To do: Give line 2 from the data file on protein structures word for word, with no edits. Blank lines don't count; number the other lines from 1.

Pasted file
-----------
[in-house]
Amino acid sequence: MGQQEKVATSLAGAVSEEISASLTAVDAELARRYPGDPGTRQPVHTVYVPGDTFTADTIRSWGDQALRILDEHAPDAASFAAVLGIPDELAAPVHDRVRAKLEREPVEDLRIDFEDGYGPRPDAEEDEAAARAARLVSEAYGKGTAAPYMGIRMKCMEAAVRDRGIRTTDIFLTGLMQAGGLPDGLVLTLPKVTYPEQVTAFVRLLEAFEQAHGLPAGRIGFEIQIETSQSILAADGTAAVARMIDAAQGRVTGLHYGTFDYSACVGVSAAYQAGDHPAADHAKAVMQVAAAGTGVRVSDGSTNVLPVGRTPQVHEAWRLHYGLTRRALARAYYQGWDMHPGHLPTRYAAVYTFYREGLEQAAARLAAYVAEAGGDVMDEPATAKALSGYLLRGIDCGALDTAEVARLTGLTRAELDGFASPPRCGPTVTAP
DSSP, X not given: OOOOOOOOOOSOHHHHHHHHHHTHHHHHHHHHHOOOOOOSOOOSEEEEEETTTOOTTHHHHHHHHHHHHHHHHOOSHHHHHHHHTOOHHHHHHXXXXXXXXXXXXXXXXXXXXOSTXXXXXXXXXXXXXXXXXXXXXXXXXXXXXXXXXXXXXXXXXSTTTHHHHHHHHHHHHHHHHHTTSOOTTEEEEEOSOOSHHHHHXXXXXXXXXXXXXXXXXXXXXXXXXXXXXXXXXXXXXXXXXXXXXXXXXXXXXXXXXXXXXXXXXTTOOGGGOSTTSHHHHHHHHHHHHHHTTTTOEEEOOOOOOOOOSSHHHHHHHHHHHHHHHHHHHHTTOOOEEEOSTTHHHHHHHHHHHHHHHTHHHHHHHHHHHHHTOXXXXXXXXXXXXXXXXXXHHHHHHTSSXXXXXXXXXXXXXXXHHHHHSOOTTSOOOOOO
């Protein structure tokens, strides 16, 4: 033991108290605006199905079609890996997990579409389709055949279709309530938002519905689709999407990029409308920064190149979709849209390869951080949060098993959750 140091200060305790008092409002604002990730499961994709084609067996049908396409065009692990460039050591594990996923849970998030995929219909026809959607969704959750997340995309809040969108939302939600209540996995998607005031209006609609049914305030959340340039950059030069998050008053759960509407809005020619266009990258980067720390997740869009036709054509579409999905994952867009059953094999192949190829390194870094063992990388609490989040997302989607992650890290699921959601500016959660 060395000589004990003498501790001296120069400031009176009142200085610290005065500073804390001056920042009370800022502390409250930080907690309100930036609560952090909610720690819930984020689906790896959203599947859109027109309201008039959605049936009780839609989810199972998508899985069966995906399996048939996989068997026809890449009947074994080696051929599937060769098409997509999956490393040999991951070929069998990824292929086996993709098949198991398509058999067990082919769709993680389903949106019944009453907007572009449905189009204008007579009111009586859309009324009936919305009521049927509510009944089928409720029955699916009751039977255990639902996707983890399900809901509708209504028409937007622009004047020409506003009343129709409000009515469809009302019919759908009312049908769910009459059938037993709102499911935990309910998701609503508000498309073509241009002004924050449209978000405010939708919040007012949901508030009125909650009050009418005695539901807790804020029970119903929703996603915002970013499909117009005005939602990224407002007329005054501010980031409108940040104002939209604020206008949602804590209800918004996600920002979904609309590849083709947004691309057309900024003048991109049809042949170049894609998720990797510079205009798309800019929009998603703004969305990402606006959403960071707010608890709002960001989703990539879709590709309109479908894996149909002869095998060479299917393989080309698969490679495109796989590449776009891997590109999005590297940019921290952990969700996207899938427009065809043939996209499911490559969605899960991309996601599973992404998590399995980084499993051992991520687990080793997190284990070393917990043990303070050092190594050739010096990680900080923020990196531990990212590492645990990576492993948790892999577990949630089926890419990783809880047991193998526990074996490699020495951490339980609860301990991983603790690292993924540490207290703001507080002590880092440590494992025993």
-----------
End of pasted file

Amino acid sequence: MGQQEKVATSLAGAVSEEISASLTAVDAELARRYPGDPGTRQPVHTVYVPGDTFTADTIRSWGDQALRILDEHAPDAASFAAVLGIPDELAAPVHDRVRAKLEREPVEDLRIDFEDGYGPRPDAEEDEAAARAARLVSEAYGKGTAAPYMGIRMKCMEAAVRDRGIRTTDIFLTGLMQAGGLPDGLVLTLPKVTYPEQVTAFVRLLEAFEQAHGLPAGRIGFEIQIETSQSILAADGTAAVARMIDAAQGRVTGLHYGTFDYSACVGVSAAYQAGDHPAADHAKAVMQVAAAGTGVRVSDGSTNVLPVGRTPQVHEAWRLHYGLTRRALARAYYQGWDMHPGHLPTRYAAVYTFYREGLEQAAARLAAYVAEAGGDVMDEPATAKALSGYLLRGIDCGALDTAEVARLTGLTRAELDGFASPPRCGPTVTAP